Born on 12 February 1818 into an Anglican family at Stutton, Suffolk he had the advantage of a good education. He became a local preacher and offered for missionary service in 1839. He went out to New Zealand on the Triton as a single man with the group of missionaries for the South Pacific led by John Waterhouse. Arriving in May 1840, he spent a few months at Kawhia and then went south to be the first resident missionary at Wellington. His responsibilities were to minister to the Maori in the Port Nicholson area, to extend the boundaries of the mission field and to care for the colonists. Ill-health dogged him there and elsewhere for some years, and the lack of a partner did not help his ministry.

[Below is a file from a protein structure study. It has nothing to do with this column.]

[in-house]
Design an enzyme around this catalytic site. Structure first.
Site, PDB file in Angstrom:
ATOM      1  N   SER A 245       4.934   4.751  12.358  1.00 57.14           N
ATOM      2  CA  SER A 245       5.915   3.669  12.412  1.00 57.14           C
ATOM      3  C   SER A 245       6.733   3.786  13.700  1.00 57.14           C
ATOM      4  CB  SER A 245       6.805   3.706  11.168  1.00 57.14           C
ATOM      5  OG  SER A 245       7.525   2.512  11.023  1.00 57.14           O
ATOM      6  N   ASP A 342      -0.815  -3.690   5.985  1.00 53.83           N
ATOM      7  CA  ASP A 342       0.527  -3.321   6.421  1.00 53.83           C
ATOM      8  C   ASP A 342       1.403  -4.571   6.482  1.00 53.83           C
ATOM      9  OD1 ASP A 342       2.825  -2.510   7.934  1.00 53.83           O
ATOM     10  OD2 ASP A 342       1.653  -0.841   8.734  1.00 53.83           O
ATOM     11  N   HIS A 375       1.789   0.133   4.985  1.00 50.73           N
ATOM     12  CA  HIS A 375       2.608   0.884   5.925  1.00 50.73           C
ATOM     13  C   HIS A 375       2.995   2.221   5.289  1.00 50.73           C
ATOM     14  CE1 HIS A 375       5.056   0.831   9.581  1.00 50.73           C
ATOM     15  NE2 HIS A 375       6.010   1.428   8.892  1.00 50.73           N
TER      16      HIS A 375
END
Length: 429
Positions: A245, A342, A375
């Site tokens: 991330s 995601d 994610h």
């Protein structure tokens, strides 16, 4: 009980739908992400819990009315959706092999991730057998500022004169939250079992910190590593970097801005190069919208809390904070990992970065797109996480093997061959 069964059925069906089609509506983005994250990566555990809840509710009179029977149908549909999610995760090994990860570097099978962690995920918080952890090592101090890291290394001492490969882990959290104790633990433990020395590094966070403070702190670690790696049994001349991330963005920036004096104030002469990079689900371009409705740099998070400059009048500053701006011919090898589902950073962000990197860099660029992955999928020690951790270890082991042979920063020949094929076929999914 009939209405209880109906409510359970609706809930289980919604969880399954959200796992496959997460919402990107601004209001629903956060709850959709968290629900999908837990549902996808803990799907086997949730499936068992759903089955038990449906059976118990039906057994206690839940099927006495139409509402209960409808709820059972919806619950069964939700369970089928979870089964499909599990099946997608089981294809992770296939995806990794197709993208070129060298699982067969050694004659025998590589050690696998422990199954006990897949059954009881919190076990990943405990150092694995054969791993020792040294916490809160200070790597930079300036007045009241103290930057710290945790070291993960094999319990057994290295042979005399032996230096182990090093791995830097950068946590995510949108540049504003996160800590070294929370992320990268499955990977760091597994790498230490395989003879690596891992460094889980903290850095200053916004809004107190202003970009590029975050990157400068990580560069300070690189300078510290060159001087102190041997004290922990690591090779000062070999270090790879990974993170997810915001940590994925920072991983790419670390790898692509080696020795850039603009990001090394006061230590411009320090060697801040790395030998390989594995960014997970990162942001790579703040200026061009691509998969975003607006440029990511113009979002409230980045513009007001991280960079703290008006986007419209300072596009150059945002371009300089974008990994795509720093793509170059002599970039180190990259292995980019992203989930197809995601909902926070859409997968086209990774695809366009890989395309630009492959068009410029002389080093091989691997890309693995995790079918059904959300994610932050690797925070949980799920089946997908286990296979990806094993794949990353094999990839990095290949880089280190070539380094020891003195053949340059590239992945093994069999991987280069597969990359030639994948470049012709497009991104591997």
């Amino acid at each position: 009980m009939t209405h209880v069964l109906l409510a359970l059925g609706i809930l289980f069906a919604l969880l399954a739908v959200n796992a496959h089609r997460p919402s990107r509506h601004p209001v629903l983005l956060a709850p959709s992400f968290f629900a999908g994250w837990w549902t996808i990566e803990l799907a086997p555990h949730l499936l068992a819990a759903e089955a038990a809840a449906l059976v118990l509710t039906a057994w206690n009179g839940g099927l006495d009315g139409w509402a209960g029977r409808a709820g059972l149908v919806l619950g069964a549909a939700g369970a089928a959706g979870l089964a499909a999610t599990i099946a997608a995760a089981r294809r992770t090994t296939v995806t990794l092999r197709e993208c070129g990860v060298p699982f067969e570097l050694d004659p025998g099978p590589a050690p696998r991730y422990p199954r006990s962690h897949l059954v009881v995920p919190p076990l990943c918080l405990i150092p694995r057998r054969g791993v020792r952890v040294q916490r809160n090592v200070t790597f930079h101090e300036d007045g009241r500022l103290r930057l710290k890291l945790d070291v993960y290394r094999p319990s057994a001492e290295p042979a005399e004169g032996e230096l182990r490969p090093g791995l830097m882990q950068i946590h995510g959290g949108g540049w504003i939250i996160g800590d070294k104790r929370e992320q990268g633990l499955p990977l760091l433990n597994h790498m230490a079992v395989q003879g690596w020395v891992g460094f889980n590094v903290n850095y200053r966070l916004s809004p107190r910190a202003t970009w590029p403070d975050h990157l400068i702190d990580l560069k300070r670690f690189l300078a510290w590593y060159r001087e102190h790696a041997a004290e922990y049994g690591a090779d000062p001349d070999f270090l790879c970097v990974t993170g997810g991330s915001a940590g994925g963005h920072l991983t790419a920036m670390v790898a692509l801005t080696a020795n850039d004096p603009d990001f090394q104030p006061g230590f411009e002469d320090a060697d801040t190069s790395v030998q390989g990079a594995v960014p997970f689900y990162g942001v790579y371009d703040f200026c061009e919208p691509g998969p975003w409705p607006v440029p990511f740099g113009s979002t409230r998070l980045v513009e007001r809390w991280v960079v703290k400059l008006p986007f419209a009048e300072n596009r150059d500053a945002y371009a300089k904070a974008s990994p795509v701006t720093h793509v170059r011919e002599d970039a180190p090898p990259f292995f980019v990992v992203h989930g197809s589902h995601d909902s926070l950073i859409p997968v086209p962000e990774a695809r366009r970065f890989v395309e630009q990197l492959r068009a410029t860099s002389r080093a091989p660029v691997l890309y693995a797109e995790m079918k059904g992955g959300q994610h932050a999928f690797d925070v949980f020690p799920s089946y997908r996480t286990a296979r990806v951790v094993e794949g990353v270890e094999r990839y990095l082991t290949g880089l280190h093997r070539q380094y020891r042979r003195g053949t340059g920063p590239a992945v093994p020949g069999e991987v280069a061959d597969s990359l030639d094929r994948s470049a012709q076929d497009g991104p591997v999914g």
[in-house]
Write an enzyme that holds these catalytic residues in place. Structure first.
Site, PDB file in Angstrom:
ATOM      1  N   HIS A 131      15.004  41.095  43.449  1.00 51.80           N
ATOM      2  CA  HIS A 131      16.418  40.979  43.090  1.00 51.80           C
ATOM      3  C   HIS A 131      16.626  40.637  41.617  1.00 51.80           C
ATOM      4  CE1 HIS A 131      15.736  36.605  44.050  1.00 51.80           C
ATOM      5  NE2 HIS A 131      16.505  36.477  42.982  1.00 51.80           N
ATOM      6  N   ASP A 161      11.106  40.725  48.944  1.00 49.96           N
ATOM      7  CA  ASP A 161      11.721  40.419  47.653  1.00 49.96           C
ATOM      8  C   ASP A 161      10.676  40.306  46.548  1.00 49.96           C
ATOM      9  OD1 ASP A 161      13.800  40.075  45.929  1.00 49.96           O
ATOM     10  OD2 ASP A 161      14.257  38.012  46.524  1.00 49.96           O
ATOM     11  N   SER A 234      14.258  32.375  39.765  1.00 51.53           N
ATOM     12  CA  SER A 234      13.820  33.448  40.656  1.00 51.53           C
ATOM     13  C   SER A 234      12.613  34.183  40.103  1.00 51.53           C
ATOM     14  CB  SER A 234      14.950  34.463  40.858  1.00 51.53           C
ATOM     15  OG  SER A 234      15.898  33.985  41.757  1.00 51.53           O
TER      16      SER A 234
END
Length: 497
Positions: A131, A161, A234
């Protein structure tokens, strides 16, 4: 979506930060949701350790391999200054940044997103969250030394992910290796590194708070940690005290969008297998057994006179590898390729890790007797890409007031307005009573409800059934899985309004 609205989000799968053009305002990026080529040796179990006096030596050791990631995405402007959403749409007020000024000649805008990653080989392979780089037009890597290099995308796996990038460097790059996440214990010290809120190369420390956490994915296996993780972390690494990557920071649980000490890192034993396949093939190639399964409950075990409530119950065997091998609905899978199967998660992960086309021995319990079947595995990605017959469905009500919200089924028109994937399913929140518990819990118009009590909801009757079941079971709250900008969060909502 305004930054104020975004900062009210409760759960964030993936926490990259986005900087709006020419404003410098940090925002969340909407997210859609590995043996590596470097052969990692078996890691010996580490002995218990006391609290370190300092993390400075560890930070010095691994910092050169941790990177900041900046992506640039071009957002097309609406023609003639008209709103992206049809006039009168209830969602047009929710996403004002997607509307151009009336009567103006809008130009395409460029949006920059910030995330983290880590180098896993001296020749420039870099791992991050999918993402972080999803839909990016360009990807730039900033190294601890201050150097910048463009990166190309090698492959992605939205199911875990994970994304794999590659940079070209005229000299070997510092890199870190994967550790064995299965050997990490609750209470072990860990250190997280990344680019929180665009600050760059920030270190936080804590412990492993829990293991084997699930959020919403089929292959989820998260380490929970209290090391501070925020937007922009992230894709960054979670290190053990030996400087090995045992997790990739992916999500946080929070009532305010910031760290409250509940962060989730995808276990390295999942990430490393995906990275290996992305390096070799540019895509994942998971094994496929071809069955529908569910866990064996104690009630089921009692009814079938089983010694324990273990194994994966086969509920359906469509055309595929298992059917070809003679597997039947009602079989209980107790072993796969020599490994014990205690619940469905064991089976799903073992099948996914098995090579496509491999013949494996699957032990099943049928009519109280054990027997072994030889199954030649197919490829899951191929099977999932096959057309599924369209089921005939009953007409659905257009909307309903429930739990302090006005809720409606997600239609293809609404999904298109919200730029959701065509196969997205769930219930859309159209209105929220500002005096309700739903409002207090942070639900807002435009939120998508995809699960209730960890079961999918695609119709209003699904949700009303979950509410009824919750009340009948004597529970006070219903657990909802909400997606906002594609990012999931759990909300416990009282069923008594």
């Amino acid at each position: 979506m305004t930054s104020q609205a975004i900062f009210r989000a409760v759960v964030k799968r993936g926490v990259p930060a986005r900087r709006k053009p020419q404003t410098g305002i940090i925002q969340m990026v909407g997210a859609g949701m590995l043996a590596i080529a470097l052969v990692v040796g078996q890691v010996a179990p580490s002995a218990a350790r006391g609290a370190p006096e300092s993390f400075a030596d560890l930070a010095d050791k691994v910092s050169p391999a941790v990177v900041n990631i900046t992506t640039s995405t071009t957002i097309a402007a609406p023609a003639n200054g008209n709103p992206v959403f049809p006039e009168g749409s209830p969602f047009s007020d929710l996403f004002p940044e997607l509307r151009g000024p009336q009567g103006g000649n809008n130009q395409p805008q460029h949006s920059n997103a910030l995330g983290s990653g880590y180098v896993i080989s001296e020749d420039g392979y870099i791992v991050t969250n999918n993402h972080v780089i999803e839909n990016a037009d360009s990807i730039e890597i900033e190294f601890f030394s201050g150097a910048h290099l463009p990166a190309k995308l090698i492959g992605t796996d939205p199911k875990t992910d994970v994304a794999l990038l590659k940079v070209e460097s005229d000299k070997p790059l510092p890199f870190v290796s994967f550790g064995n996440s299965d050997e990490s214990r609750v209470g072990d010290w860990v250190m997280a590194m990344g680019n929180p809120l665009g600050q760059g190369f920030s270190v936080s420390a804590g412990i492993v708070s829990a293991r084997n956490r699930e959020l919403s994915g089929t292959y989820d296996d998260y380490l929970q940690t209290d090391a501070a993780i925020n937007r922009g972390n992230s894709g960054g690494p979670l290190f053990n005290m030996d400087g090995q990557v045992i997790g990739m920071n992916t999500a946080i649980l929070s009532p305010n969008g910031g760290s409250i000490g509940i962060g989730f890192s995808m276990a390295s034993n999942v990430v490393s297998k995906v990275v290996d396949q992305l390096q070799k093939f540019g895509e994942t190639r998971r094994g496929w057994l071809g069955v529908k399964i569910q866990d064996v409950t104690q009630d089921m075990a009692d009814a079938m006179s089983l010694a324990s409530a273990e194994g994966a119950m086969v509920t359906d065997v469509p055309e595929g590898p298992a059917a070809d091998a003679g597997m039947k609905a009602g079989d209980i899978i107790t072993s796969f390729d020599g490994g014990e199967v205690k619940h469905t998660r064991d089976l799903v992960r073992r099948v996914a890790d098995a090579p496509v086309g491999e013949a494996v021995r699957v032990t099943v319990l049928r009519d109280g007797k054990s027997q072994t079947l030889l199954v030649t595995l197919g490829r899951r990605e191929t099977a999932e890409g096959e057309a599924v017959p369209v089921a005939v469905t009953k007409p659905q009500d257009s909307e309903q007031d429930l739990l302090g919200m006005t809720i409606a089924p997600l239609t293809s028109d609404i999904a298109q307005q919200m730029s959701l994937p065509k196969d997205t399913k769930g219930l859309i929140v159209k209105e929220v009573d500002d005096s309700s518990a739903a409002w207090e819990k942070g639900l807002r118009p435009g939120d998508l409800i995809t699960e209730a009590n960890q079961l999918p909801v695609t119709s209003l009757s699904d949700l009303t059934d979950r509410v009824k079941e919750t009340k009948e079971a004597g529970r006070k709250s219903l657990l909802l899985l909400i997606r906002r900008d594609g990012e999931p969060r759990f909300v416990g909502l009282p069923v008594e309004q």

In Wellington he was confronted by problems over the Mission's land claim. He had to live in a native-style house, and his predicament led to visits by his senior colleagues James Wallis and John Whiteley. Wallis commended Aldred for his work, though he had earned the dislike of some Europeans by his opposition to the liquor trade. When Whiteley visited, Aldred was visiting the Chatham Islands, the first missionary to do so.In 1843 he went to Nelson to open the work there with both Europeans and Maori. All the Wesleyan natives on the south side of Cook's Strait were under his care; there were large numbers at both Motueka and D'Urville Island. A church for the settler Methodists was opened in 1845 and he held services at a number of other places. He remained in Nelson until 1849, but twice wrote to the Committee in London seeking their permission to return home in order to find a wife. He was a concern to the new General Superintendent, Walter Lawry.Appointed to Wellington as assistant minister to James Watkin in 1849, he was the first resident minister in the Hutt Valley. Shortly afterwards he travelled to Auckland, where on 1 May 1849 he married Mary Australia, the youngest daughter of Lawry, at the High Street Chapel. As Lawry's son-in-law he became embroiled in the dissension that led a majority of the missionaries to complain to London about their Superintendent.At a later stage Aldred refused to go to Christchurch to open a new cause until he had received a clear directive from London. However, he did serve there from 1854 until 1860, working largely among the new settlers. The first church was opened immediately after his arrival. His work with the Maori was confined to a fairly small group living at Kaiapoi and to those around the Akaroa Peninsula and Lyttelton Harbour. The registers show that Maori from as far south as Moeraki and as far north as Kaikoura came to him for baptisms and weddings.After four years in Wellington, 1860-1864, he was sent to Dunedin, where a society with a resident minister had been established in 1862. Aldred remained there until 1867, when, because of ill health following an accident, he received permission to superannuate. He lived out a long and active retirement in Christchurch, acting as secretary of the Canterbury District for 25 years and being much involved in the British and Foreign Bible Society. He had a reputation as a Maori scholar and an expert in Maori land tenure, and was frequently used as an interpreter in land claims. He died at Christchurch on 14 January 1894. All comments about him refer to his gentle and unobtrusive nature, with his health being a constant problem. Though remembered as a diligent pastor, he seems not to have been an initiator. This may account for the fact that all his appointments were to developing townships rather than to the more primitive mission stations.